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Are the tunnels from Moose Jaw’s notorious history real or not?

Ron Walter looks at the history of Moose Jaw's tunnels
Trading Thoughts with Ron Walter

While Googling for information on the history of a weird cult in British Columbia, Yours truly stumbled upon a site highlighting unique places to visit.

The site has over 16,000 such sites around the globe, piquing my interest to see if Saskatchewan had any such peculiar sites.

The search for Saskatchewan’s curious sites brought up a list of 17, leading with the Alticane crooked trees northwest of Saskatoon. 

Three are in Moose Jaw – Tunnels of Moose Jaw, Mac the Moose, and the Sukanen Ship Museum.

Holy Smokes: Moose Jaw has about three per cent of Saskatchewan population but is home to almost one-fifth of the most curious sites to visit.

Fifth on the list was the Tunnels of Moose Jaw but the information is somewhat twisted from local fact and folklore. 

The website says the tunnels were built around 1908 intending to run the city on steam heat. They were abandoned, later used by Chinese wanting to avoid the head tax and discrimination.

In the 1920s a new use was found. Rum runners stored bootleg alcohol in them and eventually built speakeasies serving booze and with illicit gambling.

Good story, but not much truth to it. 

In the debate on whether there really were tunnels, the naysayers claim the tunnels were actually coal chutes that also doubled as passages between buildings so one steam engineer could service numerous coal-fired boilers.

The stories about the Chinese tunnel inhabitants are legend, perhaps even romantic flim-flam. While there is no official record of Chinese tunnel inhabitants, just as there is no or official record of the tunnels, evidence suggests a grain of truth to the matter.

A startling discovery while rebuilding sewer lines on Main Street around 1969 was covered in a Times-Herald news story as a tunnel find, just east of the Cornerstone Inn. Those records notoriously disappeared.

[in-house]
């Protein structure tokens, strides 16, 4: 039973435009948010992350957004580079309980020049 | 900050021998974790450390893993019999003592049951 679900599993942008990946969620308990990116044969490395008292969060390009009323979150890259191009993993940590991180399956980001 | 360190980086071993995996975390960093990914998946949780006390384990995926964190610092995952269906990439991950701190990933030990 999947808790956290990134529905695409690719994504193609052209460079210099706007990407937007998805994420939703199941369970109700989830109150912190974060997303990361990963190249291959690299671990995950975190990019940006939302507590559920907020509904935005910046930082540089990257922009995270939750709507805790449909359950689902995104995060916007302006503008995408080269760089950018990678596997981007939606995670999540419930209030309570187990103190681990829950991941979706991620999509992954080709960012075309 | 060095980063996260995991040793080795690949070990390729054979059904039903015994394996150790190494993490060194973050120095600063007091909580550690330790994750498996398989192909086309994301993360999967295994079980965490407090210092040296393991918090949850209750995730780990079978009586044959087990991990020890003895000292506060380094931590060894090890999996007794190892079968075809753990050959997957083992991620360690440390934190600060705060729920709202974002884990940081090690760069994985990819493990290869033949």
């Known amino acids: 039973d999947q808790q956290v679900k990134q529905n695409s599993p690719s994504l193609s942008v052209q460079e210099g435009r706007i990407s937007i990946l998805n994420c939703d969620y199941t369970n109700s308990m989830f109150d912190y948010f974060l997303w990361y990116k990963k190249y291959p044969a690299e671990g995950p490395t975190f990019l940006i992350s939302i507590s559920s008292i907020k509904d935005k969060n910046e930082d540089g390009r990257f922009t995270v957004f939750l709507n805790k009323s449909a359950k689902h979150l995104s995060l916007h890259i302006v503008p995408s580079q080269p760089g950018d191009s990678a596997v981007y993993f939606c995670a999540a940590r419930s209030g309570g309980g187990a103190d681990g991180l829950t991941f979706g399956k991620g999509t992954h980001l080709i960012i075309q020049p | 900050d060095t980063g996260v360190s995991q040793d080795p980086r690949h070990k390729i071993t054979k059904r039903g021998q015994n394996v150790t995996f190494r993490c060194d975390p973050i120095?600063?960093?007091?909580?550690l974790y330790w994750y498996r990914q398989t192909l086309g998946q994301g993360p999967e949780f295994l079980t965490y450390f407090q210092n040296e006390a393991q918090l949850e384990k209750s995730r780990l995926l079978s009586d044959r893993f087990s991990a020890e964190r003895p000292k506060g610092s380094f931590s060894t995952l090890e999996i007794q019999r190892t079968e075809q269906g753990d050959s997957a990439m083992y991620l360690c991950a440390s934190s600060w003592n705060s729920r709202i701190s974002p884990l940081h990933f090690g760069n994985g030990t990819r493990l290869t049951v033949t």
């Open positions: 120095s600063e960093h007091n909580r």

There is a bricked door in the Cornerstone basement, with speculation that it led across the street to the well-known Exchange Cafe.

I do recall an interview with the late Moon Mullins, who described an incident he saw when he lost count of the Chinese who were crawling out of  a “tunnel” back of the Exchange Cafe.   

A few years ago, the man who had the job of tearing down the Exchange Cafe in the 1960s told Yours truly he found small cubicles in the basement that could have been used for bedrooms.

He also discovered a basement tunnel big enough to stand up in, leading west across Main Street. It had caved in halfway across the street.

One recalls a young man in a River Street cafe in the 1930s, who saw a Chinese man inside, left while the man was inside only to see the same man outside.

He had no idea how he got out unless it was via a tunnel.

Moon Mullins, an awesome story teller who had a reputation for embellishing, told Yours truly in a 1980s interview that he was in the tunnels and he was in a hotel basement speakeasy when police raided it – unsuccessfully.

The operators had been tipped off, stashed the patrons, booze and gambling materials behind secret doors until the disappointed cops left.

About a week after that interview was published, someone approached Moon at a garage sale and told him his story was bunk. Another man at a garage sale said the story was true. He had been in the tunnels.

Two documented cases of Al “Scarface” Capone sightings exist. Both men did not recognize the Chicago gangster until much later when they saw Scarface’s photo in newspapers.

One was a barber who trekked through tunnels to give Scarface a haircut. The other was a doctor who recalled being escorted through half a mile of tunnels to lance a boil on this gruff and the generously tipping patient.

When the non-profit organization developed the first tunnel tour around 1995, the employee in charge kept a scribbler with names, phone numbers and sometimes addresses of visitors with personal or family stories of the “real tunnels.” Several pages were filled.

If you have a facts-only, seeing-is-believing personality, you won’t believe there were tunnels.

If you base your beliefs on circumstantial evidence, you will believe there were tunnels.

The website does a much better job describing Mac the Moose and Tom Sukanen.
Ron Walter can be reached at


The views expressed in this column are solely those of the author and do not necessarily reflect those of Moose Jaw Today, the Moose Jaw Express, its management, or its subsidiaries.

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